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What are Service Acceptance Criteria (SAC)?

Service Acceptance Criteria (SAC) are used to assure that authored SNOMED CT content meets specific quality measures before the content can be promoted. The purpose of this is to ensure a specific level of quality is met at each promotion level. This in turn assures the quality of the content that is eventually promoted to the code system branch, with the benefit of minimising the quality checks required at that level (in general, the later the stage of the content release process, the greater the amount of work needed to correct any issues, so catching issues earlier in the process has many benefits).

SAC may be either automatic automated or manual. 

Automatic Automated SAC are checks which the system can sign off automatically without user intervention.

Manual SAC are checks that require sign-off via a particular user interaction, with that interaction governed by role-based access controls.

SAC may also be mandatory or optional.

Mandatory SAC block branch promotion until their required conditions are satisfied.

Optional SAC do not block promotion, but best practice would be to inform the Project Manager and/or Project Lead of reasons for promoting without the check being satisfied (an example may be a task-level spelling check, which might depend on the nature of the content being changed, and the availability of related spell-checking resources).

Info
titleService Acceptance Criteria and Authoring Acceptance Gateway Architecture (Authoring Platform)

Service Acceptance Criteria are components in a technical architecture solution which includes the Authoring Acceptance Gateway (AAG) and various data stores associated with acceptance and sign-off of content changes for promotion via AP tasks and projects, and also for the generation and packaging of SNOMED CT releases.

The following schematic illustrates the subset of this architecture directly related to AP features and their inter-relationships and dependencies (components relating to release preparation and packaging are omitted here for clarity, but are essential aspects of the overall technical architecture):

Gliffy Diagram
displayName AP Service Architecture: SAC & AAG
nameService Architecture - AAG - SAC
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SAC are defined at the global level by users with the ADMIN role, as are their mapping to required RBAC roles. This is currently constrained as a technical support feature.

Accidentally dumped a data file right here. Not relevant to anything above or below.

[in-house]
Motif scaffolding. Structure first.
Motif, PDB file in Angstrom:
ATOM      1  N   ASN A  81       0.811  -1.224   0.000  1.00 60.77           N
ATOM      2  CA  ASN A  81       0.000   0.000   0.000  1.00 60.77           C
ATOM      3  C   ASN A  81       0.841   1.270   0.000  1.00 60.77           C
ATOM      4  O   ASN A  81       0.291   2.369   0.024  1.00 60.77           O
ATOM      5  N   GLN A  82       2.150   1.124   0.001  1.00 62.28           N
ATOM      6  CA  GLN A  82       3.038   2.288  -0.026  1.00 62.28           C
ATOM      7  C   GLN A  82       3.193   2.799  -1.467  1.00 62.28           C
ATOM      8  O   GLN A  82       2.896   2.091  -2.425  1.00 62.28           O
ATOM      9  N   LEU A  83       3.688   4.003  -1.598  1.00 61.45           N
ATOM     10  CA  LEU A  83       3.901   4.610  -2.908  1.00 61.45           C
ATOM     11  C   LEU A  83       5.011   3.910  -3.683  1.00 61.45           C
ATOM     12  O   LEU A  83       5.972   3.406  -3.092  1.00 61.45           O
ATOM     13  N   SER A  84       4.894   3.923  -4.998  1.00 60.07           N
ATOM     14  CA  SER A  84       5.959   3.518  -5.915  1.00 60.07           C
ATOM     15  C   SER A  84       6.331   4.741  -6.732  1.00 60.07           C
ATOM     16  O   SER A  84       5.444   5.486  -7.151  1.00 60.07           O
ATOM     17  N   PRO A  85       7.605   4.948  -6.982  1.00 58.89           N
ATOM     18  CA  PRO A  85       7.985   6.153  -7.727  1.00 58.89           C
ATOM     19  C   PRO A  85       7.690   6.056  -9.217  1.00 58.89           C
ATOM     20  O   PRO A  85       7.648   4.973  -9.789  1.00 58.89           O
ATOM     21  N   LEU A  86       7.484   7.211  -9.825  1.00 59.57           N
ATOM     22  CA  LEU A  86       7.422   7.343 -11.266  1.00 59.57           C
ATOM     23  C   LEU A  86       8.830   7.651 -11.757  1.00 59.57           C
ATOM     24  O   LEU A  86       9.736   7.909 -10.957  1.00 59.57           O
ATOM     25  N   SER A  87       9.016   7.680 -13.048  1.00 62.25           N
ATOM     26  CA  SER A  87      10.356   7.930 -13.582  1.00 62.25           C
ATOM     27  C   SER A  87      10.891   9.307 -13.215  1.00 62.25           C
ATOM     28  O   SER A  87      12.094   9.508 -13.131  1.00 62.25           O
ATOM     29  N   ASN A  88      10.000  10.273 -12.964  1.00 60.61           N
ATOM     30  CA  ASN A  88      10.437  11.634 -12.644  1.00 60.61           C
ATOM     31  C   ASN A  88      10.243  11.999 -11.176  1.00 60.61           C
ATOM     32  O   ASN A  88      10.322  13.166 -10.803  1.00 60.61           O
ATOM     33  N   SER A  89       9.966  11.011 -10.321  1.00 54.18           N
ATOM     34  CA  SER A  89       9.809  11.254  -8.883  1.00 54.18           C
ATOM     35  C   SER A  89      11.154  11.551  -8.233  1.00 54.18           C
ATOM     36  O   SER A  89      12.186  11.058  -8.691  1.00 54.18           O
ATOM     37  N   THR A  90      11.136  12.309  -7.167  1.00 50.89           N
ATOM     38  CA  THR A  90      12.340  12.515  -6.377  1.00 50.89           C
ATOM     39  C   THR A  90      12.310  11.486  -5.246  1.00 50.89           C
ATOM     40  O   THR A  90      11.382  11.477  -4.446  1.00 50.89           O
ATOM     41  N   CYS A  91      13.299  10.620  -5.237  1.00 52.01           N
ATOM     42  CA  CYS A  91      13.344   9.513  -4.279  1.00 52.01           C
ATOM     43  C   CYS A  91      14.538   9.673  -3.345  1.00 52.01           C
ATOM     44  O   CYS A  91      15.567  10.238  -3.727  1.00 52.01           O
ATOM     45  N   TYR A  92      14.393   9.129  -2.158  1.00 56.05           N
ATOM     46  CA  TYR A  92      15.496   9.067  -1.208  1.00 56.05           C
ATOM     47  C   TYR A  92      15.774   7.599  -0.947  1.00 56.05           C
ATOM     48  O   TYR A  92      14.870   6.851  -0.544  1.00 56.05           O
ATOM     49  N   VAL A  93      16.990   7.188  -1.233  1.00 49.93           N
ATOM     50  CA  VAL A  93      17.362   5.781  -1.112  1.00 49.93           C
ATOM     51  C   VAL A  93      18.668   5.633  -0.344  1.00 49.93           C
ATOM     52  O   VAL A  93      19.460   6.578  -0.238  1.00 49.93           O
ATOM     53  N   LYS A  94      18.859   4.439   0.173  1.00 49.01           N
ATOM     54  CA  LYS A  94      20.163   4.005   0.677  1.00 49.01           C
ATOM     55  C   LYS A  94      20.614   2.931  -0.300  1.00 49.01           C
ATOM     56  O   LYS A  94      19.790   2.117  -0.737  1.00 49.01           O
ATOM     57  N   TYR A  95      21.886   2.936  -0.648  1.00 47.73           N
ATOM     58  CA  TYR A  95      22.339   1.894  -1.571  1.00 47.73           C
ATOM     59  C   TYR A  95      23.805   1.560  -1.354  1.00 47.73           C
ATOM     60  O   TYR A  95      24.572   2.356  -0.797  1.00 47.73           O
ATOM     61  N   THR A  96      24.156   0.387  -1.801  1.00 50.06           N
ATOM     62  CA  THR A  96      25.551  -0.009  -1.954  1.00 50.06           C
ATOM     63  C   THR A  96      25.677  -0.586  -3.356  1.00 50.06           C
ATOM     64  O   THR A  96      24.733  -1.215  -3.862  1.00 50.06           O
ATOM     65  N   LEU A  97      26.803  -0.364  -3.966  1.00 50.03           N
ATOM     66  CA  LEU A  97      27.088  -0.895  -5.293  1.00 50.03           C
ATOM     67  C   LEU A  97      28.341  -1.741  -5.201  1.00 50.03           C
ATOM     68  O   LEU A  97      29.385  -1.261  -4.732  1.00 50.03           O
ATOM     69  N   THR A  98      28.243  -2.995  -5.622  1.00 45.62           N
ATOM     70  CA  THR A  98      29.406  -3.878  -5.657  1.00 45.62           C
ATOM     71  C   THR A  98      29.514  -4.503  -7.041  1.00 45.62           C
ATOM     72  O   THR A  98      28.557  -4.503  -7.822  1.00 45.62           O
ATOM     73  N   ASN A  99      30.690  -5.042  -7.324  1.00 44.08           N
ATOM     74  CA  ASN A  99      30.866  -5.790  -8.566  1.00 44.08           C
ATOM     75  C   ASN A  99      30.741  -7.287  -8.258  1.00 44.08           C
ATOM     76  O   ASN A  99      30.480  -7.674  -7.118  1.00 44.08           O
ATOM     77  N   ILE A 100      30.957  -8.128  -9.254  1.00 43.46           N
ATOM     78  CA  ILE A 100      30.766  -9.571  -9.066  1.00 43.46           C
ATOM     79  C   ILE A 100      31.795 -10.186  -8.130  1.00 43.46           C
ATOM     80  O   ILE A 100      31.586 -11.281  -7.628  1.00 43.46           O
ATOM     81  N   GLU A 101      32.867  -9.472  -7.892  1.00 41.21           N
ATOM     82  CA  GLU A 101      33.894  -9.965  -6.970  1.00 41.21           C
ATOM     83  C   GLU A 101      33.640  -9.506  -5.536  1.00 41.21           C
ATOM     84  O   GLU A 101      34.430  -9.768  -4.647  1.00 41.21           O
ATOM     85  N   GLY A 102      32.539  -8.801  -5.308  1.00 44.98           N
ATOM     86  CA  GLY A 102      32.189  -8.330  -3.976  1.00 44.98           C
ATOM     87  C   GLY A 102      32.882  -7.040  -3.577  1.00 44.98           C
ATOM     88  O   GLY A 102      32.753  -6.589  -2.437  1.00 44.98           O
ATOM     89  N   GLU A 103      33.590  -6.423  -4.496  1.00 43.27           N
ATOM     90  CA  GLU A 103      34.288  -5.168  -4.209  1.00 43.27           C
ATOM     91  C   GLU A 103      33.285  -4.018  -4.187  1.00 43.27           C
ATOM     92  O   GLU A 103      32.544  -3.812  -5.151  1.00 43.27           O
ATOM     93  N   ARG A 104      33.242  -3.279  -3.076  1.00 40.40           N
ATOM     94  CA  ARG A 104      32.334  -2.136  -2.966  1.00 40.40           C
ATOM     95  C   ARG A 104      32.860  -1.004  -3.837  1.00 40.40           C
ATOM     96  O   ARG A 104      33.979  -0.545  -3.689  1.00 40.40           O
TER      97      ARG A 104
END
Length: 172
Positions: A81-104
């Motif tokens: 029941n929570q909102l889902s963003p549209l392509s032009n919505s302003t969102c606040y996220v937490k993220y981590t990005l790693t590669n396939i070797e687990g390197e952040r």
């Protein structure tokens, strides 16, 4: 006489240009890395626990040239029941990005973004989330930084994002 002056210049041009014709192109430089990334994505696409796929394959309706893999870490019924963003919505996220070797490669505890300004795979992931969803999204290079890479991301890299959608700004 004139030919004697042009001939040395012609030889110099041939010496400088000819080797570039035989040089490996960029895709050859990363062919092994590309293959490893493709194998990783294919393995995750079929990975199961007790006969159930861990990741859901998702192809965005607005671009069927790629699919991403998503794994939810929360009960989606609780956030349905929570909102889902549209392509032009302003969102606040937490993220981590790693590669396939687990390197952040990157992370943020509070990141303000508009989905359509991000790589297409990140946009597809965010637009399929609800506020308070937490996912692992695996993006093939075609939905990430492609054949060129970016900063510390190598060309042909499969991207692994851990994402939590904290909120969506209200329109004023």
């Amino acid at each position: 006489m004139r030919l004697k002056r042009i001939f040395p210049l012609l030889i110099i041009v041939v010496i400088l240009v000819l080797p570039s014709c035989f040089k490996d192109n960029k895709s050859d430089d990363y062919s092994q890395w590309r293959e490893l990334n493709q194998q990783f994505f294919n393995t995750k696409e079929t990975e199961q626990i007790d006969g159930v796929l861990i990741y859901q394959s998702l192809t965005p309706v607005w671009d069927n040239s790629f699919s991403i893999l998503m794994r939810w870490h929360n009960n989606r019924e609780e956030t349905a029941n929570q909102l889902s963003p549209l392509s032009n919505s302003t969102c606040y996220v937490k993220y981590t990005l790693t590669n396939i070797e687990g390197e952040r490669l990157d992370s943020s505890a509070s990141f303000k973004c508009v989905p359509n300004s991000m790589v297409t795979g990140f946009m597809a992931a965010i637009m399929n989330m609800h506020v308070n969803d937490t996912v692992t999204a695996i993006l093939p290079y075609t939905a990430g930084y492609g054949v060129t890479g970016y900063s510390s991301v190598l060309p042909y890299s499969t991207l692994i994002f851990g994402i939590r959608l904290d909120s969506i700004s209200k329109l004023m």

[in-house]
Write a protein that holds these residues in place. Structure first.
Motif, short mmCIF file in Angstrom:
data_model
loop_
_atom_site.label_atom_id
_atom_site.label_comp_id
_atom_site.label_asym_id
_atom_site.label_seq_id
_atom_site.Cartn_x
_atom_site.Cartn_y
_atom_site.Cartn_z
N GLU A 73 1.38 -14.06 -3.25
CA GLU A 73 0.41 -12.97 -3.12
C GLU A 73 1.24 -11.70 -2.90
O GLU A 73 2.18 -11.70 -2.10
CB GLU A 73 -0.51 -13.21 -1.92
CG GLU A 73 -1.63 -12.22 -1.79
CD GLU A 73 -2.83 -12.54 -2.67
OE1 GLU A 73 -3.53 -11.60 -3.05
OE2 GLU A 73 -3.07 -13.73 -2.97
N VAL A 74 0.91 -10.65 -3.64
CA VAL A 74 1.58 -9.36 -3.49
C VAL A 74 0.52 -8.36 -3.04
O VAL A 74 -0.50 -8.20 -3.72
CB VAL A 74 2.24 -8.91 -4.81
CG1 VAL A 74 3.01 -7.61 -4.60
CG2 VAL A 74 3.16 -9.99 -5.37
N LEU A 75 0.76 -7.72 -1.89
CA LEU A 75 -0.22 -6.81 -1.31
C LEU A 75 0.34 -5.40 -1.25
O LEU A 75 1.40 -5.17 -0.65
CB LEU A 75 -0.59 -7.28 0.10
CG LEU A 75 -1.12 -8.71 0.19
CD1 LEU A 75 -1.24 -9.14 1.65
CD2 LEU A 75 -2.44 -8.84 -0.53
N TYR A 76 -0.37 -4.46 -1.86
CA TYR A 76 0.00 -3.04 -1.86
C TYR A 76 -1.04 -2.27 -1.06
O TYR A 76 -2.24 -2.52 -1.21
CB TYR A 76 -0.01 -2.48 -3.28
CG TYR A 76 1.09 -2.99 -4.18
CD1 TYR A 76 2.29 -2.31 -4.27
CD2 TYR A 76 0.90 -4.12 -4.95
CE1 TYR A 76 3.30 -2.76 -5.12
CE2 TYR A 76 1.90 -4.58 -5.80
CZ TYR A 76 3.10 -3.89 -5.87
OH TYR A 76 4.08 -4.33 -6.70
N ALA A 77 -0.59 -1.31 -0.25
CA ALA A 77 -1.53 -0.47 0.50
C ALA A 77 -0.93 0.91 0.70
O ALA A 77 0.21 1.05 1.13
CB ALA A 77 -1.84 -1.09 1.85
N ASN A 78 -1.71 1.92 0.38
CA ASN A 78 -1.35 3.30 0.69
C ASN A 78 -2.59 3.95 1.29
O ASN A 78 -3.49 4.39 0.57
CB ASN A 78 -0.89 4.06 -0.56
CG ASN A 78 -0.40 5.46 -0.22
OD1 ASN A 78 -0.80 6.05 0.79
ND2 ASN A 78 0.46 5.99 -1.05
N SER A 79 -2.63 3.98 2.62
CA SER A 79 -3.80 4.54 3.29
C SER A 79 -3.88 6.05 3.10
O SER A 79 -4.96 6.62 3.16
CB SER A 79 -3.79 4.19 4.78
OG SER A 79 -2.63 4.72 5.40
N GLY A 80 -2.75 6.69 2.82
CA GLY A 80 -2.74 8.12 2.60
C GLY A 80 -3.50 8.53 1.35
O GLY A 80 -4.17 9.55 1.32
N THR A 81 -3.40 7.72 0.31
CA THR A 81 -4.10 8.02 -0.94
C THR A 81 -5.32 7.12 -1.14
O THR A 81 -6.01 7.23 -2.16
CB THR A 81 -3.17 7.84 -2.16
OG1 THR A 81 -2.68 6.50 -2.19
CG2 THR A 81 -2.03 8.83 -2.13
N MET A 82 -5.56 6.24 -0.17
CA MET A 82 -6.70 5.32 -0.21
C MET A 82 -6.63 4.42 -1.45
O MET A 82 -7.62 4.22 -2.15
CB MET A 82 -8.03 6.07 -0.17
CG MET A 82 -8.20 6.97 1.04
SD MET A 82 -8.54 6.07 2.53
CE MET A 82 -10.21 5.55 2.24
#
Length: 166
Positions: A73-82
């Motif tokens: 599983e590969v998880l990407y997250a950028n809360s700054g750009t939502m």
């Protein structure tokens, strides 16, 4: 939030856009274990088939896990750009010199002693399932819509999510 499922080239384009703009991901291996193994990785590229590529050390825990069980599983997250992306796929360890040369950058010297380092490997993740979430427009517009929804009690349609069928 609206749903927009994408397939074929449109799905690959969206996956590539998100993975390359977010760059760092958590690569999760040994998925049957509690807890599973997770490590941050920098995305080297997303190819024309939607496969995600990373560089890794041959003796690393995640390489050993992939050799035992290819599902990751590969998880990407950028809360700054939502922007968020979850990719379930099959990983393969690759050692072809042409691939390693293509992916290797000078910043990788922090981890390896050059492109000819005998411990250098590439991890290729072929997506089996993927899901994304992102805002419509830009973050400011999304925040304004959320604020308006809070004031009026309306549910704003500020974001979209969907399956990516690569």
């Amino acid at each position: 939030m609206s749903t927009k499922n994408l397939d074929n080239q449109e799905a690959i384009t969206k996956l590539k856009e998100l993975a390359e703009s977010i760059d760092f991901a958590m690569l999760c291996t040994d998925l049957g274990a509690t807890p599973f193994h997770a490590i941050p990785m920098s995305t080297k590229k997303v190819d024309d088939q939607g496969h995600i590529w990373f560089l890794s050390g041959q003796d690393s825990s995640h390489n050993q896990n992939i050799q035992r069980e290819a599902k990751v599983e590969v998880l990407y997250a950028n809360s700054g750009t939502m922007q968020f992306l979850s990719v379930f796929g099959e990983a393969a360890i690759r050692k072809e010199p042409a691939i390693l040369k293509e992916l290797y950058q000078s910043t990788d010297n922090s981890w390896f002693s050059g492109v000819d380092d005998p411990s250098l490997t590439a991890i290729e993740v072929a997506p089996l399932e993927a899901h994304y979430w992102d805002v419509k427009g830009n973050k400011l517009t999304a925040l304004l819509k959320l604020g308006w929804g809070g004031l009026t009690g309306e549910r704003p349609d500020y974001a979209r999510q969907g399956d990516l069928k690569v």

Globally defined SAC are then available as an options list to those with relevant permissions (set by RBAC role group definitions on the branch or its parents), to decide which to include in task-level or project-level gateway controls.

SAC are presented as checklist items in either the task details (for task level SAC) or project view (for project level SAC). The ability to modify the manual items to check them off via the AP user interface is a permission granted by the role assigned to each item in the SAC list. Task level manual SAC are usually available to all authors. Some project level manual SAC may also be available to all authors, but many will require additional permissions such as those for Project Managers or Project Leads to update (specific role mappings are set in the SAC global configuration definitions).

Some aspects of acceptance gateway controls are implicit in the AP branch promotion process - for instance diverged content branches cannot be promoted: each branch must be rebased from its immediate parent branch with all merge conflicts resolved before the branch can be promoted.

Info
titleAuthoring Acceptance Gateway 1: Task Level SAC examples


Excerpt
Early Visibility Notice if Required
Manual spell check
Review complete
RVF Report Clean



Info
titleAuthoring Acceptance Gateway 2: Project Level SAC examples


Excerpt
Project Documentation (TIG Editorial Guide) Complete
Project Lead (Peer reviewer): All Release Validation Reports Checked
Project Lead (Peer reviewer): Exceptions Checked and Signed off
Project Lead (Peer reviewer): Final Sign-Off
Project Manager: Signed Off Project as Ready to Promote
Relevant MRCM Changes Implemented
Report: Case Significance Clean
Report: Duplicate Terms Clean
Report: KPI Patterns Clean
Report: New Descriptions Clean
Report: Release Issues Clean
Report: Template Compliance Clean
Report: Validate Inactivations with Associations Clean
Validation Report Clean



Related How To... Guides

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Further Reading

Project Branches, Task Branches and Rebasing

Role Based Access Control (RBAC)